The Pentagon on Monday abruptly walked back a nearly $1 billion cloud computing agreement its Silicon Valley outpost had signed only a month earlier, saying officials had determined the terms of the arrangement were excessively broad.
The $950 million other transaction agreement (OTA) with Herndon, Virginia-based REAN Cloud, and brokered by the Defense Innovation Unit-Experimental (DIUx), was supposed to have made the company’s services available to the entire Defense Department. But the deal will now be capped at $65 million, and its only authorized user will be U.S. Transportation Command.
“After reviewing the production agreement, the department has determined that the agreement should be more narrowly tailored to the original scope of the prototype agreement, which was limited to USTRANSCOM applications,” Col. Rob Manning, a Pentagon spokesman said. “We applaud DIUx’s efforts to advance the department’s initiative to accelerate adoption of cloud technologies.”
REAN’s relationship with DoD began last year, when it began helping TRANSCOM migrate its legacy systems as part of a mandate by its commander, Gen. Darren McDew, to move all of its logistics applications to the cloud.
Much of the preliminary work was conducted under a more traditional OTA in which the scope is limited to prototypes. But using authority Congress recently granted DoD to carry those prototypes forward into production OTAs without any further competition, DIUx decided to make the same REAN services available to all the military services and Defense agencies, a step the Pentagon decided was too far beyond the original intent of the prototype.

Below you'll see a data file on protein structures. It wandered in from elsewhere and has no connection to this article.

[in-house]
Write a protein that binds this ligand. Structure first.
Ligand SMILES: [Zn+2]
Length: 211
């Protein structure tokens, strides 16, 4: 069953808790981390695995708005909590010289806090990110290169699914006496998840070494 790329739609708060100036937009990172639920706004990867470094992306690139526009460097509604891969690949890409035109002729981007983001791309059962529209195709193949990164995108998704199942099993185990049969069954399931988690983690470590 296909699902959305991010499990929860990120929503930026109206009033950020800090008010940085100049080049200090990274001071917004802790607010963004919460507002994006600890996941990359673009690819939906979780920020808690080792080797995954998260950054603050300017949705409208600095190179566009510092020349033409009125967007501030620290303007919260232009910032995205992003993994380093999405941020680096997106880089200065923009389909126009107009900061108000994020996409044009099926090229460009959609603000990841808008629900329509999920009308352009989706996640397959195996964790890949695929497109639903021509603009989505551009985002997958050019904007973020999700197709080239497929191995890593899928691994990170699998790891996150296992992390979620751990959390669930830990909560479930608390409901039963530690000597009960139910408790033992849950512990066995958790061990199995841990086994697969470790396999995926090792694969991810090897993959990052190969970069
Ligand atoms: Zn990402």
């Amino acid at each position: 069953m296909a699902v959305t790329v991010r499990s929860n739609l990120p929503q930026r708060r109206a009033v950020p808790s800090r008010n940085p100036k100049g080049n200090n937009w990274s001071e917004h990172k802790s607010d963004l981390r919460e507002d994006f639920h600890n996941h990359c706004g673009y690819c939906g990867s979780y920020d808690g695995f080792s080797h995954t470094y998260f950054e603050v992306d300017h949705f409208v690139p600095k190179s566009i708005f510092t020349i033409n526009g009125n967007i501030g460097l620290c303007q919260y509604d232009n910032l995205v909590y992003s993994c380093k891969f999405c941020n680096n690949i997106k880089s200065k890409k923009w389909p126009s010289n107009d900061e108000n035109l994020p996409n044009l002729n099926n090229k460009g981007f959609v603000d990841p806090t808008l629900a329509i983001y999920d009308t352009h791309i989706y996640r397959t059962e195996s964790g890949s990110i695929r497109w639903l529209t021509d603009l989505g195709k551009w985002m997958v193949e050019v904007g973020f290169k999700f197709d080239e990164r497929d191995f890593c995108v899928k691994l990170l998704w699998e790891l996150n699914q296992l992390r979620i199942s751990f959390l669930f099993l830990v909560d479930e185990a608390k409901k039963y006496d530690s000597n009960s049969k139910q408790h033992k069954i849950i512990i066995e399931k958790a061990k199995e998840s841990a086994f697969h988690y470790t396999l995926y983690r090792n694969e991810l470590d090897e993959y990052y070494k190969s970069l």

The deal DIUx announced in February was only the third production OTA the organization had signed since its official launch in 2016, and came just two weeks before the quiet departure of Raj Shah, who had served as its managing partner for the past two years.
The REAN OTA is separate from another large cloud computing contract currently being worked on by DoD’s Cloud Executive Steering Group. The department has revealed few details about its plans for what it has termed the “JEDI” (Joint Enterprise Defense Infrastructure) initiative, but plans to do so Wednesday at an industry day in Arlington, Virginia.
Also on Monday, the Defense Information Systems Agency announced that its MilCloud 2.0 service had attained a key security approval, another major step toward DoD’s adoption of commercial cloud computing.
The provisional authorization for what DoD classifies as “impact level 5” data means accreditors have determined the service offering to be secure enough to handle the most sensitive types of non-secret information.
Officials have previously said they expect MilCloud 2.0, which is operated entirely by a private vendor (CSRA) but housed within DISA’s computing centers, to achieve a PA for secret (level 6) data by the end of the year.